Katana Asset Management wins top Aussie fund ranking as Euroz expands investment management business.
KATANA Asset Management’s Australia-focused investment fund has been recognised as the top performer in its class, beating industry giants including MLC, Macquarie and AMP.
“We knew we were tracking well but we didn’t think we’d had as such a solid year,” Mr Sala Tenna told Business News.
Global ratings firm Mercer ranked the Katana Australian Equity Fund number one among ‘long-only’ Australian funds for the year ending April 2014.
The Katana fund achieved a 22.9 per cent rate of return for the period, putting it ahead of more than 90 other funds across the country.
Mr Sala Tenna attributed the result to a clear investment strategy as well as the appointment in past years of three additional portfolio managers – his brother Giuliano Sala Tenna, Steve Thomas and Matt Ward.
“Over the past year we have held our nerve on some positions and as a team we are getting better and better,” Mr Sala Tenna said.
The new subsidiary will be set up alongside Euroz’s wholly owned Westoz Funds Management, which oversees about $280 million on behalf of two listed investment companies – Westoz Investment Company and Ozgrowth.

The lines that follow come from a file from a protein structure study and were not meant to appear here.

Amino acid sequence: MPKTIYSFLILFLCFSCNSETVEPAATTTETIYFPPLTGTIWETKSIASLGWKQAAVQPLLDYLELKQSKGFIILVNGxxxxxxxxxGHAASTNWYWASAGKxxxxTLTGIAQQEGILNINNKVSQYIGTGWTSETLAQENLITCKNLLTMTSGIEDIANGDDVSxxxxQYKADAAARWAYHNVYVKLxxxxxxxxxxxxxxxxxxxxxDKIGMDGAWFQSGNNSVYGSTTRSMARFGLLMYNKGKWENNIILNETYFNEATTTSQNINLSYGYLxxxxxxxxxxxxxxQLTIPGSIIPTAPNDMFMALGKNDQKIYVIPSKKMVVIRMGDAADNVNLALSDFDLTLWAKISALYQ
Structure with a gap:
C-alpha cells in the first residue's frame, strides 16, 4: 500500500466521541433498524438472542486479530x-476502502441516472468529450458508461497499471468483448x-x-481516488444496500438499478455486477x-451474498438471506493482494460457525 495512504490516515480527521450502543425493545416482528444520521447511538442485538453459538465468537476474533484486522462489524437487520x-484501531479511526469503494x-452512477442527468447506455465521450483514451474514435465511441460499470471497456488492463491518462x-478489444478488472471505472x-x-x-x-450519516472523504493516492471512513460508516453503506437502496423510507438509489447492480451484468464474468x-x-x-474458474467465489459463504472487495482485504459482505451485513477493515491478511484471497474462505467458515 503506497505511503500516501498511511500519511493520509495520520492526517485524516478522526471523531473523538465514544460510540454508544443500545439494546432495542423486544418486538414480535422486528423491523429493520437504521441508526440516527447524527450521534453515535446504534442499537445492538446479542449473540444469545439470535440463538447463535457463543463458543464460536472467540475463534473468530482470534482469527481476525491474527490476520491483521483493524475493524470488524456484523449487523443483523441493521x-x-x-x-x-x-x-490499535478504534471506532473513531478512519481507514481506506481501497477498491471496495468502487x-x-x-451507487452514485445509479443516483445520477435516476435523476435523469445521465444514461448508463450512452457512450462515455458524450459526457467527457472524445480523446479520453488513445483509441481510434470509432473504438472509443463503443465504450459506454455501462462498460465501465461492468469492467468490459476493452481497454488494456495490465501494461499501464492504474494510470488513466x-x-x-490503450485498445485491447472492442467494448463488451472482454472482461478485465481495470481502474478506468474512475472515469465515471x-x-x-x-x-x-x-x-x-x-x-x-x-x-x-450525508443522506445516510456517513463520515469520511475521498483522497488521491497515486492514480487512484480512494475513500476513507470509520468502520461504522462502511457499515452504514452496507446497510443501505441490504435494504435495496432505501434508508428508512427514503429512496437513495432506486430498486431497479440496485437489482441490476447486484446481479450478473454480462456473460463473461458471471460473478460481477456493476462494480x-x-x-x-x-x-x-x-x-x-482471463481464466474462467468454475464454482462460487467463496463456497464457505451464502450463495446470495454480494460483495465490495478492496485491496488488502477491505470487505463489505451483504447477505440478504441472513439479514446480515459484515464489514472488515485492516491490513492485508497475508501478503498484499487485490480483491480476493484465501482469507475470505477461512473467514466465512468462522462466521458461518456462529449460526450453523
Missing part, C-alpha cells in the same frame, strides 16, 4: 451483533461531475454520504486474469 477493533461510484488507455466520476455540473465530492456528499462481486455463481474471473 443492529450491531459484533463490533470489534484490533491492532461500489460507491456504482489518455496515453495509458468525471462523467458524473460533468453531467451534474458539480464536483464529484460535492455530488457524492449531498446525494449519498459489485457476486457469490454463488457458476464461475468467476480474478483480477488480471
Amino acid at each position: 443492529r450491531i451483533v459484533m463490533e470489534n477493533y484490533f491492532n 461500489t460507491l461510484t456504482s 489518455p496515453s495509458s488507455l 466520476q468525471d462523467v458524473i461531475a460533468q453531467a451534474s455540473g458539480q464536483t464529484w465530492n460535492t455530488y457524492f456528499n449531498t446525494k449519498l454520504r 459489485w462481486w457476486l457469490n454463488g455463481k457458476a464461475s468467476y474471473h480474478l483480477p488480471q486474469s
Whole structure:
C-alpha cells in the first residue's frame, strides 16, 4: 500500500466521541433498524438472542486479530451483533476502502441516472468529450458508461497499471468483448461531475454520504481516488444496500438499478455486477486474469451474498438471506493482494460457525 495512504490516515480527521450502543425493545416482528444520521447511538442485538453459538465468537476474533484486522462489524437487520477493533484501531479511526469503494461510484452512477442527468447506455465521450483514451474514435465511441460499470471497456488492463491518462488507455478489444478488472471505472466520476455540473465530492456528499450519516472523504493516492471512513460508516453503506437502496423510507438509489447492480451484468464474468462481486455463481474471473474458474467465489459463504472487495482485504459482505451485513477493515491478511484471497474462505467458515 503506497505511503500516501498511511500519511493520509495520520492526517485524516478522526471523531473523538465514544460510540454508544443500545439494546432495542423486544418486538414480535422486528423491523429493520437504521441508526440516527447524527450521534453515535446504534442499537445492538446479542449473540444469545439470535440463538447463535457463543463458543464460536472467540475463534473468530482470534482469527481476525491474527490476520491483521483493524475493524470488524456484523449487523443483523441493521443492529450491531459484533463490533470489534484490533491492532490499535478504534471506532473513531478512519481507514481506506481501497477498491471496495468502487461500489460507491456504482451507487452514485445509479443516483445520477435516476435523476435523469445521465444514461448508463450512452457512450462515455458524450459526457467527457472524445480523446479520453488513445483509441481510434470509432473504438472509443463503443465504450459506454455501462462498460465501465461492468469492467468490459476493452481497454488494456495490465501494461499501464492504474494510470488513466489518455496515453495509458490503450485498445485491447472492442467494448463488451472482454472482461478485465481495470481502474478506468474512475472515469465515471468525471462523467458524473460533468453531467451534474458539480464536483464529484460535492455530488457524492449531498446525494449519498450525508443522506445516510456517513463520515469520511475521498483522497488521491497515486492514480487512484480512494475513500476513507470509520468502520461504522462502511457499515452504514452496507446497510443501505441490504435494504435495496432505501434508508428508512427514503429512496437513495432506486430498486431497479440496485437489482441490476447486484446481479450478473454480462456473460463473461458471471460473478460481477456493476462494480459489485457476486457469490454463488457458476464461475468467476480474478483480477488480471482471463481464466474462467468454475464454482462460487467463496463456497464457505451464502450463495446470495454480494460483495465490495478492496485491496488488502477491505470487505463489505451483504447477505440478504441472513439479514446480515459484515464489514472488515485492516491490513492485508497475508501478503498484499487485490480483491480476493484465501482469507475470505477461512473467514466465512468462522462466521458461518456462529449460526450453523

The move comes just weeks after Euroz announced it would acquire fellow Perth-based stockbroker Blackswan Equities in an all-scrip deal worth $6.7 million, making Euroz the state’s equal-second biggest broker with 46 client advisers.
Meanwhile, Mr Sala Tenna said he was being realistic about Katana’s achievements in having the fund with the best rate of return.
“It’s a great feat but our goal is to consistently outperform our benchmark and to remain in the top quartile,” he said.
“I don’t think any fund can consistently be number one, even when you have wonderful positions in wonderful companies, it is purely timing and when the market is going to recognise that.”
Mr Sala Tenna said he remained very positive about the medium term outlook for the sector, and expected investors who had steered clear of the equities market in recent times to soon return.
He said that, with no substantial interest rate rises expected in the next couple of years, investors would look to the equities markets in a bid to receive a higher rate of return than the low rates of interest the banks could offer on a savings account.
“Increasingly people are being forced to take on more risk in their portfolio, we have seen that in the property market already and we have seen part of it in the equity market, but I believe that process has a long way to run out,” Mr Sala Tenna said.